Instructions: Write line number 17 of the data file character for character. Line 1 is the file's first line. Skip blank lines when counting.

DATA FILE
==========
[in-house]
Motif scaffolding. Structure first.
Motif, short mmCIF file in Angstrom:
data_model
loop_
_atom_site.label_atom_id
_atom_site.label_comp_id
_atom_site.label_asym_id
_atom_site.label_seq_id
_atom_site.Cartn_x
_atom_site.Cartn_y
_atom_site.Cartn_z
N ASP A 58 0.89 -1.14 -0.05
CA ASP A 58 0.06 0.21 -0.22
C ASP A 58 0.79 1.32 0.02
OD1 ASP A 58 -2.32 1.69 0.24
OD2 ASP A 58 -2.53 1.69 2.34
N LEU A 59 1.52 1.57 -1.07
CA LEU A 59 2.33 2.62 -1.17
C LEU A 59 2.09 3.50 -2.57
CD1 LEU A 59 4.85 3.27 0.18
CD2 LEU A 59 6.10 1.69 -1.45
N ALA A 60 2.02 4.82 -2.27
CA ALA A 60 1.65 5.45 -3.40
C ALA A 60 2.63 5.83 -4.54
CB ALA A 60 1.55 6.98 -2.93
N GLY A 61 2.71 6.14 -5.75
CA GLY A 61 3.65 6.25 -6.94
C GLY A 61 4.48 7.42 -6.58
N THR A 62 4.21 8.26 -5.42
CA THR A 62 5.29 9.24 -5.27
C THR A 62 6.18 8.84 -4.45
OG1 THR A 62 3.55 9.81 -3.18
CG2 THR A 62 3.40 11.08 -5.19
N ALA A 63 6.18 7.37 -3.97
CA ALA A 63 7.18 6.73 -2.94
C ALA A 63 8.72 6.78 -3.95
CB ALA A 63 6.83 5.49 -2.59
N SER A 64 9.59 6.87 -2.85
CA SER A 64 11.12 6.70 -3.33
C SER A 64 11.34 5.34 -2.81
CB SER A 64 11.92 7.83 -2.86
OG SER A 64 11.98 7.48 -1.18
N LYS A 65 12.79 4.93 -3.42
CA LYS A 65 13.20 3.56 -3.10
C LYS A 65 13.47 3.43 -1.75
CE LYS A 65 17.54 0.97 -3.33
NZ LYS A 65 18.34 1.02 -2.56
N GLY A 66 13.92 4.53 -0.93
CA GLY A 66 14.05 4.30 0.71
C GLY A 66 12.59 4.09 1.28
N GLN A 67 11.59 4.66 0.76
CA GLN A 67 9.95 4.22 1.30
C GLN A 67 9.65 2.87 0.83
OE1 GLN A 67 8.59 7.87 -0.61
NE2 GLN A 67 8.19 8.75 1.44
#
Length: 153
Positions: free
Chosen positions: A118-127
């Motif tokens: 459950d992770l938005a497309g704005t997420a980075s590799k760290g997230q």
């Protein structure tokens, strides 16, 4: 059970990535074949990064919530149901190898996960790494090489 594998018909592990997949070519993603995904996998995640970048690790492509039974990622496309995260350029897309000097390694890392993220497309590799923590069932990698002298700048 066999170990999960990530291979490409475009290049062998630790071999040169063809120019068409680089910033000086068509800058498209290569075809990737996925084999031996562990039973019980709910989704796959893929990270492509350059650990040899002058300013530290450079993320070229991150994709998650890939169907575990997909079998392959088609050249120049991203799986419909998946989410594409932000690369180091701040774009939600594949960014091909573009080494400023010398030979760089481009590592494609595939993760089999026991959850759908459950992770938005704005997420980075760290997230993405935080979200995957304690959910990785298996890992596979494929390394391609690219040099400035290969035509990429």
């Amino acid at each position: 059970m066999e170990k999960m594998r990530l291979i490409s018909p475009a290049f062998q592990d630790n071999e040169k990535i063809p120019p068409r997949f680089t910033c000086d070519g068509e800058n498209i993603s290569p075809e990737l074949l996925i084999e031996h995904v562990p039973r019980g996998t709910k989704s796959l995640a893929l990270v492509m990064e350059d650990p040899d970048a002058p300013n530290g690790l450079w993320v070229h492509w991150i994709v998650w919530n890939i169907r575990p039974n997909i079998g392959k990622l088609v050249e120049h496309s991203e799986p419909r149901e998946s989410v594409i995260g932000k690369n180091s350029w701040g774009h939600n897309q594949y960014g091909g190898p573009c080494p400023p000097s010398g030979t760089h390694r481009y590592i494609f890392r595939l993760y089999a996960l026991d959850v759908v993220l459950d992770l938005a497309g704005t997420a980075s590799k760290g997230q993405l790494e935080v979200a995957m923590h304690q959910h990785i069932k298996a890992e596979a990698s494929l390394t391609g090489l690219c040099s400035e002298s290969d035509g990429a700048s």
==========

OD2 ASP A 58 -2.53 1.69 2.34